A Letter from an Old-Time Gospel Preacher

The following is a true story. Years back, there was an old-time gospel preacher. He was beginning to get along in years, and as they sometimes did back then, he had a younger preacher that he was training almost as an apprentice. This younger preacher studied under the old time preacher for quite some time. As it sometimes happens, the older preacher had to move on to another congregation and left the younger preacher behind. As soon as the older preacher was gone, problems started to arise in the congregation.

There were people who figured that with the older preacher gone, they could do whatever they wanted and the young preacher would not be able to stop them. There were men who tried to force themselves into teaching positions, even though they were not very knowledgeable in the Scriptures and were rather unstable. Others were trying to bring in the “prosperity” or “health and wealth” gospel, saying that God will make you rich if you follow Him. Other figured that with the older preacher gone, they could trick the younger preacher into making them elders.

The younger preacher was having difficulties to say the least. At some point, the older preacher heard about all the problems that were arising. He wrote a letter to encourage the young preacher and to tell him the way to handle the problems. Today we call that letter I Timothy.

In that Letter, Paul (the old-time gospel preacher) concludes the letter by restating to Timothy (the young preacher) all the things in the letter: “But thou, O man of God, flee these things; and follow after righteousness, godliness, faith, love, patience, meekness. Fight the good fight of faith, lay hold on eternal life, whereunto thou art also called, and hast professed a good profession before many witnesses. (I Timothy 6:11-12). Paul calls it “the commandment” (I Timothy 6:14), which refers to the whole of the commandments of Christ, much like “the law” is used to represent the body of laws that were given to the Israelites. Basically, this commandment is: be a faithful Christian. But how was Timothy (and by extension, all Christians) supposed to keep this commandment?

Christians are to live faithfully inwardly. In I Timothy 6:13-14, the inspired apostle concludes the letter to his “son in the faith” by telling him that he is to keep the commandment “without spot.” This means that he is to be pure in keeping the commandment. This shows what the inward condition must be in order to be pleasing to God while keeping the commandment (being a faithful Christian). Christians cannot simply be doing the outward things of following Christ without it being from the heart. John 4:24 states that one must worship God in spirit (with the correct attitude). It must be more than just inwardly, however.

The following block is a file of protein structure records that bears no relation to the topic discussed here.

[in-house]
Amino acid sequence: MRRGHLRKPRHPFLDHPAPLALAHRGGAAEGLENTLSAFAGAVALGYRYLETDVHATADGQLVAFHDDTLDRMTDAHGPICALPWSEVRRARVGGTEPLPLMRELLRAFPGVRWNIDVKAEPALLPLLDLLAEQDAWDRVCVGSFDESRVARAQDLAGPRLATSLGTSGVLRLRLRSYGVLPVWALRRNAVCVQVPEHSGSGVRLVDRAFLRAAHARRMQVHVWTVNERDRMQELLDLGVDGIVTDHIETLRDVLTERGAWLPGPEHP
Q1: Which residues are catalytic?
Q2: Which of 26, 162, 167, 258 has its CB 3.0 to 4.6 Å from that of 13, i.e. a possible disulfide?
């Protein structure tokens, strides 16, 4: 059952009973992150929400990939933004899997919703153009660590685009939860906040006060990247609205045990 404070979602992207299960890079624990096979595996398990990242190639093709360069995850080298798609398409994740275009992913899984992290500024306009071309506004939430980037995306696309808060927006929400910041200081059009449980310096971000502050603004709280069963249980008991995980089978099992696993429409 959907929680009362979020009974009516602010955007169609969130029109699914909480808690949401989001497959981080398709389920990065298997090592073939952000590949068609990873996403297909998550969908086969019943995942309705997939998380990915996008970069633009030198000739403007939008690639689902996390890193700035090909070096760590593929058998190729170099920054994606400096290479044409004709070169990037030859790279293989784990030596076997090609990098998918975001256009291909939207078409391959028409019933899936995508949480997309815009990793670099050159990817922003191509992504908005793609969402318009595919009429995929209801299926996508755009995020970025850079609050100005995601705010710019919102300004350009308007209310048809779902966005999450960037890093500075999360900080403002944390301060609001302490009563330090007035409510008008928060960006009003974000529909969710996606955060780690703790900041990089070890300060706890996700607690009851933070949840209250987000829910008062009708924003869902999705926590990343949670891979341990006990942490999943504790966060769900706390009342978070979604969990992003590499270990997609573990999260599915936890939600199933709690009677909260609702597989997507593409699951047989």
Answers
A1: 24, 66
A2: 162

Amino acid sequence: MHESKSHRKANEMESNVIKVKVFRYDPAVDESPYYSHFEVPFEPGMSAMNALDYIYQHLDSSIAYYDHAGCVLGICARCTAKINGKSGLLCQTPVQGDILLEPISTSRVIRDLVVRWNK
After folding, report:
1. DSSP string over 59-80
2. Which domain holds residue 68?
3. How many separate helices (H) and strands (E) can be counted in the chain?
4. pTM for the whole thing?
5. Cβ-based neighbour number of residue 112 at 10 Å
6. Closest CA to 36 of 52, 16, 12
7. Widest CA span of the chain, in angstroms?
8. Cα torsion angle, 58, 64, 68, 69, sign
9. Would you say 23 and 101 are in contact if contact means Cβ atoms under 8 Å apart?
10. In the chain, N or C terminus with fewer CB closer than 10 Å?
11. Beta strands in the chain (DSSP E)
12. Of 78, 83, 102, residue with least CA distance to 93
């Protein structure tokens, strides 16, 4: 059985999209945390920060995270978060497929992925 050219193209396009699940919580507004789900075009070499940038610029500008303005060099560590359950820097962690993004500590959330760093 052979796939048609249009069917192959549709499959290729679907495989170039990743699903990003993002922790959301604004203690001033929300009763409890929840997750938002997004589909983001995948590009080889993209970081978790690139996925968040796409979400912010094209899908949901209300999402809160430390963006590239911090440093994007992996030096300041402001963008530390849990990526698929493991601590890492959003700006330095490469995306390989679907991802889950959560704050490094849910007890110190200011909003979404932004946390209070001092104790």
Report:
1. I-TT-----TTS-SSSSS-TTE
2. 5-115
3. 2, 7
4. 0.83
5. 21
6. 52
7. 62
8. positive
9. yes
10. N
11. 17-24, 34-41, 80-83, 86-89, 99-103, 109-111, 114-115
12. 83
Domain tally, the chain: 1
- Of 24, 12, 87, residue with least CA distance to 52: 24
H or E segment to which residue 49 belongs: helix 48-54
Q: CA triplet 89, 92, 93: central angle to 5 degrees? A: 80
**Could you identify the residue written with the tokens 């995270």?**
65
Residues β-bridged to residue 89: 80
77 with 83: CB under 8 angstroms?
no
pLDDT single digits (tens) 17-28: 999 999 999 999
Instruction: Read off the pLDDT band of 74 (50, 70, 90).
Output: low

Christians are to live faithfully outwardly. In the same passage, Timothy is told to keep the commandment “unrebukable.” Rebuke would only come from others. Paul tells Christians that they are to live in a way that everyone knows they are following Christ’s commandment. We are not to do things for the purpose of having others see what we do for our own glory (Matthew 6:1-5), but we are commanded to let our light shine before men so that they will glorify God (Matthew 5:16). James commands the showing of inward faithfulness with outward works of obedience (James 2.14-26). Christians cannot simply be faithful inwardly and not do the works that are required to show their faithfulness.

Christians are to live faithfully continually. Timothy is told to be faithful inwardly and outwardly until Christ comes again (I Timothy 6:14). We don’t know when Christ is coming back, so we must never stop working. As the song goes “we’ll work ‘til Jesus comes.” If we knew when Jesus was coming back, many would simply wait until shortly before the return and then repent. Jesus even said that He didn’t know when the second coming would be (Mark 13:32). Since His return could be any time, we must be continually working and always be prepared. Jesus spoke of the servants who will be rewarded when they are found waiting for the master’s return (Luke 12:35-40). We are to be faithful unto death, until we die (Revelation 2:10).

The inspired old-time gospel preacher gave these instructions, and they apply not only to the young preacher, but to all Christians. Are you faithful in keeping the commandment of Christ inwardly? Are you showing it through your works where there is no doubt to those around you that you are a Christian? Are you continually doing these things? If not, repent and “lay hold of eternal life” by following Christ’s commands (I Timothy 6:12).

-Bradley Cobb

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